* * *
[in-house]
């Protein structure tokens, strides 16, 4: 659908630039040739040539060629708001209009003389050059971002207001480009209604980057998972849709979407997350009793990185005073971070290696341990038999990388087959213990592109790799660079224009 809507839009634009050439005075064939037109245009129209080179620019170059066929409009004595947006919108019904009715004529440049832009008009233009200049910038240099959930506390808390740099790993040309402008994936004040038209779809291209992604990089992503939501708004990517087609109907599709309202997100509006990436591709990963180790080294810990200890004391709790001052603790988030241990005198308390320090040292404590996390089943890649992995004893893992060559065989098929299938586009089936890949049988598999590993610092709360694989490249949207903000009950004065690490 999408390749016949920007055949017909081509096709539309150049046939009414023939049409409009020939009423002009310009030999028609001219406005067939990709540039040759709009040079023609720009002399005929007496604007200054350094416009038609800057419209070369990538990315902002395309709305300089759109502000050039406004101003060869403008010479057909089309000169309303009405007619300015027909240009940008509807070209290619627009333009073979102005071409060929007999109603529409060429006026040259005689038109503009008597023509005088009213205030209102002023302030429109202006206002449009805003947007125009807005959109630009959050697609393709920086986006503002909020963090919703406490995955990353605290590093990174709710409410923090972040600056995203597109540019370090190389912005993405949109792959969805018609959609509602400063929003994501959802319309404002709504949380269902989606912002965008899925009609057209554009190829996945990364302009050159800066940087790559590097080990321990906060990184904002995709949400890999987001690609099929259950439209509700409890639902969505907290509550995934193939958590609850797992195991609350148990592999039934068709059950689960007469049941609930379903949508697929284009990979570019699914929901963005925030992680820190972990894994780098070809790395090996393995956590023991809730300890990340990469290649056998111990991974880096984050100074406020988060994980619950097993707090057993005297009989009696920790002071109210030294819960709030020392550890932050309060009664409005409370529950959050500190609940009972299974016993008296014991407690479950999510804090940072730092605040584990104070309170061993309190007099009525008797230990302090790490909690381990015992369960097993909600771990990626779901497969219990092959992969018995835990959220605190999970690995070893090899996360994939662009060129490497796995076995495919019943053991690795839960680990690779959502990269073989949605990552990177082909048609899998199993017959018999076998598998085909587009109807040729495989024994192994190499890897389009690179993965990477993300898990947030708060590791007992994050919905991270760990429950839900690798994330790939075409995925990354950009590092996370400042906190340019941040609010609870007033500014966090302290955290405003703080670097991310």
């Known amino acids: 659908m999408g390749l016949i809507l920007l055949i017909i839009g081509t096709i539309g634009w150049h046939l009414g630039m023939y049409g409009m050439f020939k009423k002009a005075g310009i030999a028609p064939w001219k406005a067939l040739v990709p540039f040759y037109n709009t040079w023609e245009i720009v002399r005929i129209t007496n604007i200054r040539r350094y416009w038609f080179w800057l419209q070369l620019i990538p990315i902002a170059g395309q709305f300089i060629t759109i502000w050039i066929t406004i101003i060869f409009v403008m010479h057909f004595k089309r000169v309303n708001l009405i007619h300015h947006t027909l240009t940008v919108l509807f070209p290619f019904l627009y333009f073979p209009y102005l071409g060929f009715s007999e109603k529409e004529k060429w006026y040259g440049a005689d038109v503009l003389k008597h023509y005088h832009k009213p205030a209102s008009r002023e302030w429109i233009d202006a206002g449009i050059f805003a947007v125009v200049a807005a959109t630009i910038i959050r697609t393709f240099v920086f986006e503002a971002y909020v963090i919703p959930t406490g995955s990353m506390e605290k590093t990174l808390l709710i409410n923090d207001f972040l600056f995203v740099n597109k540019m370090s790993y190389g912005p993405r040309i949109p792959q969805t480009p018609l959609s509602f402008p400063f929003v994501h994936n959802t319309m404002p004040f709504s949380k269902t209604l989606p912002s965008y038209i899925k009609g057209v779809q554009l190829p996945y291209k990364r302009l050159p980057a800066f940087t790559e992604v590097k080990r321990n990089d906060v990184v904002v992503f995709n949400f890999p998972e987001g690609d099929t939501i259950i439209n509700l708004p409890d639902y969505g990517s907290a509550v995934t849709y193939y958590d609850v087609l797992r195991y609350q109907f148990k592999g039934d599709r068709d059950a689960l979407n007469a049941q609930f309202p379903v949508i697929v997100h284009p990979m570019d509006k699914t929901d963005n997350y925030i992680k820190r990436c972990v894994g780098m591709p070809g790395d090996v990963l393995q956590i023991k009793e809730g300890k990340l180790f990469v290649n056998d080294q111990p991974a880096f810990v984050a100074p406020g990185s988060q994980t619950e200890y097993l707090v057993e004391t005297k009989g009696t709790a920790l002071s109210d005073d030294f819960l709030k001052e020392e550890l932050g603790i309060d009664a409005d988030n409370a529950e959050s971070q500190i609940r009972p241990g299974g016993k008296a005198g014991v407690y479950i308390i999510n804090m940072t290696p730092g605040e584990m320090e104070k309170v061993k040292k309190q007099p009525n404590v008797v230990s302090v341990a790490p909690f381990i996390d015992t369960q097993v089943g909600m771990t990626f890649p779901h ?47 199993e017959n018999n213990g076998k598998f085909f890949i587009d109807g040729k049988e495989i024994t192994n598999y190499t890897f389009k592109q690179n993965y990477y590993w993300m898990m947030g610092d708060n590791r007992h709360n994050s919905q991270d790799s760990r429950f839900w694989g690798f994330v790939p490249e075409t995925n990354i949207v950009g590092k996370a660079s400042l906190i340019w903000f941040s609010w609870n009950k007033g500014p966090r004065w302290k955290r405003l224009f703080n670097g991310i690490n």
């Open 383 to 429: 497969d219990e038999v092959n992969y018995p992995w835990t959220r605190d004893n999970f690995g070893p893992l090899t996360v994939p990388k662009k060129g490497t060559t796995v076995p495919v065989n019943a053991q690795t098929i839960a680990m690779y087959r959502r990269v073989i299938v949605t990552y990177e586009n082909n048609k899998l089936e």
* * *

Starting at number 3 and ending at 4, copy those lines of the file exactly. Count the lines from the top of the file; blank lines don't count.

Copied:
């Known amino acids: 659908m999408g390749l016949i809507l920007l055949i017909i839009g081509t096709i539309g634009w150049h046939l009414g630039m023939y049409g409009m050439f020939k009423k002009a005075g310009i030999a028609p064939w001219k406005a067939l040739v990709p540039f040759y037109n709009t040079w023609e245009i720009v002399r005929i129209t007496n604007i200054r040539r350094y416009w038609f080179w800057l419209q070369l620019i990538p990315i902002a170059g395309q709305f300089i060629t759109i502000w050039i066929t406004i101003i060869f409009v403008m010479h057909f004595k089309r000169v309303n708001l009405i007619h300015h947006t027909l240009t940008v919108l509807f070209p290619f019904l627009y333009f073979p209009y102005l071409g060929f009715s007999e109603k529409e004529k060429w006026y040259g440049a005689d038109v503009l003389k008597h023509y005088h832009k009213p205030a209102s008009r002023e302030w429109i233009d202006a206002g449009i050059f805003a947007v125009v200049a807005a959109t630009i910038i959050r697609t393709f240099v920086f986006e503002a971002y909020v963090i919703p959930t406490g995955s990353m506390e605290k590093t990174l808390l709710i409410n923090d207001f972040l600056f995203v740099n597109k540019m370090s790993y190389g912005p993405r040309i949109p792959q969805t480009p018609l959609s509602f402008p400063f929003v994501h994936n959802t319309m404002p004040f709504s949380k269902t209604l989606p912002s965008y038209i899925k009609g057209v779809q554009l190829p996945y291209k990364r302009l050159p980057a800066f940087t790559e992604v590097k080990r321990n990089d906060v990184v904002v992503f995709n949400f890999p998972e987001g690609d099929t939501i259950i439209n509700l708004p409890d639902y969505g990517s907290a509550v995934t849709y193939y958590d609850v087609l797992r195991y609350q109907f148990k592999g039934d599709r068709d059950a689960l979407n007469a049941q609930f309202p379903v949508i697929v997100h284009p990979m570019d509006k699914t929901d963005n997350y925030i992680k820190r990436c972990v894994g780098m591709p070809g790395d090996v990963l393995q956590i023991k009793e809730g300890k990340l180790f990469v290649n056998d080294q111990p991974a880096f810990v984050a100074p406020g990185s988060q994980t619950e200890y097993l707090v057993e004391t005297k009989g009696t709790a920790l002071s109210d005073d030294f819960l709030k001052e020392e550890l932050g603790i309060d009664a409005d988030n409370a529950e959050s971070q500190i609940r009972p241990g299974g016993k008296a005198g014991v407690y479950i308390i999510n804090m940072t290696p730092g605040e584990m320090e104070k309170v061993k040292k309190q007099p009525n404590v008797v230990s302090v341990a790490p909690f381990i996390d015992t369960q097993v089943g909600m771990t990626f890649p779901h ?47 199993e017959n018999n213990g076998k598998f085909f890949i587009d109807g040729k049988e495989i024994t192994n598999y190499t890897f389009k592109q690179n993965y990477y590993w993300m898990m947030g610092d708060n590791r007992h709360n994050s919905q991270d790799s760990r429950f839900w694989g690798f994330v790939p490249e075409t995925n990354i949207v950009g590092k996370a660079s400042l906190i340019w903000f941040s609010w609870n009950k007033g500014p966090r004065w302290k955290r405003l224009f703080n670097g991310i690490n």
């Open 383 to 429: 497969d219990e038999v092959n992969y018995p992995w835990t959220r605190d004893n999970f690995g070893p893992l090899t996360v994939p990388k662009k060129g490497t060559t796995v076995p495919v065989n019943a053991q690795t098929i839960a680990m690779y087959r959502r990269v073989i299938v949605t990552y990177e586009n082909n048609k899998l089936e």